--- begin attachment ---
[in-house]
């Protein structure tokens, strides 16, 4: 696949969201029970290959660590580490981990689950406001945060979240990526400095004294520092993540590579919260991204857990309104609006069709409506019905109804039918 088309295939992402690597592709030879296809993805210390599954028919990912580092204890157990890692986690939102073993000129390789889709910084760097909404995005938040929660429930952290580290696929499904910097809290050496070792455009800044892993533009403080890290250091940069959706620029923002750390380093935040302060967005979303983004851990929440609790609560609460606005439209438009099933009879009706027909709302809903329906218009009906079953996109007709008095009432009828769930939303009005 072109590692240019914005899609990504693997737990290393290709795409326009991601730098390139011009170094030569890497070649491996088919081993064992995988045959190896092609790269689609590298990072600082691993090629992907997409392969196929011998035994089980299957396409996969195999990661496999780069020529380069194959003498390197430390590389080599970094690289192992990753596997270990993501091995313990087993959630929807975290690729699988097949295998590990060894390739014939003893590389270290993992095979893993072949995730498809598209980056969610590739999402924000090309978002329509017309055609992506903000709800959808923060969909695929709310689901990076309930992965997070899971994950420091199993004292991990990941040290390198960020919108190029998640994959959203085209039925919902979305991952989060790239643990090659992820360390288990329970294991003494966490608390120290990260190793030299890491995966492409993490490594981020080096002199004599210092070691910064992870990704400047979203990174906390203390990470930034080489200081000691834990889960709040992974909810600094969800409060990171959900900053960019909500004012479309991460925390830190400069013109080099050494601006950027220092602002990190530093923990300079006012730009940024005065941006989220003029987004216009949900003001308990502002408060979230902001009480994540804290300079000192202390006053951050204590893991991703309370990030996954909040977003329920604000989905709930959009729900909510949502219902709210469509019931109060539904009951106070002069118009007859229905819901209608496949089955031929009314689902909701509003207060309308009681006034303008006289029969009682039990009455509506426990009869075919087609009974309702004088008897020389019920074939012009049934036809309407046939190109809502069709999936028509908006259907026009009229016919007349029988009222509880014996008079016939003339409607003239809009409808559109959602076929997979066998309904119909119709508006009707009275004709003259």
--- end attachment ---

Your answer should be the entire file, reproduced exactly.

[in-house]
């Protein structure tokens, strides 16, 4: 696949969201029970290959660590580490981990689950406001945060979240990526400095004294520092993540590579919260991204857990309104609006069709409506019905109804039918 088309295939992402690597592709030879296809993805210390599954028919990912580092204890157990890692986690939102073993000129390789889709910084760097909404995005938040929660429930952290580290696929499904910097809290050496070792455009800044892993533009403080890290250091940069959706620029923002750390380093935040302060967005979303983004851990929440609790609560609460606005439209438009099933009879009706027909709302809903329906218009009906079953996109007709008095009432009828769930939303009005 072109590692240019914005899609990504693997737990290393290709795409326009991601730098390139011009170094030569890497070649491996088919081993064992995988045959190896092609790269689609590298990072600082691993090629992907997409392969196929011998035994089980299957396409996969195999990661496999780069020529380069194959003498390197430390590389080599970094690289192992990753596997270990993501091995313990087993959630929807975290690729699988097949295998590990060894390739014939003893590389270290993992095979893993072949995730498809598209980056969610590739999402924000090309978002329509017309055609992506903000709800959808923060969909695929709310689901990076309930992965997070899971994950420091199993004292991990990941040290390198960020919108190029998640994959959203085209039925919902979305991952989060790239643990090659992820360390288990329970294991003494966490608390120290990260190793030299890491995966492409993490490594981020080096002199004599210092070691910064992870990704400047979203990174906390203390990470930034080489200081000691834990889960709040992974909810600094969800409060990171959900900053960019909500004012479309991460925390830190400069013109080099050494601006950027220092602002990190530093923990300079006012730009940024005065941006989220003029987004216009949900003001308990502002408060979230902001009480994540804290300079000192202390006053951050204590893991991703309370990030996954909040977003329920604000989905709930959009729900909510949502219902709210469509019931109060539904009951106070002069118009007859229905819901209608496949089955031929009314689902909701509003207060309308009681006034303008006289029969009682039990009455509506426990009869075919087609009974309702004088008897020389019920074939012009049934036809309407046939190109809502069709999936028509908006259907026009009229016919007349029988009222509880014996008079016939003339409607003239809009409808559109959602076929997979066998309904119909119709508006009707009275004709003259």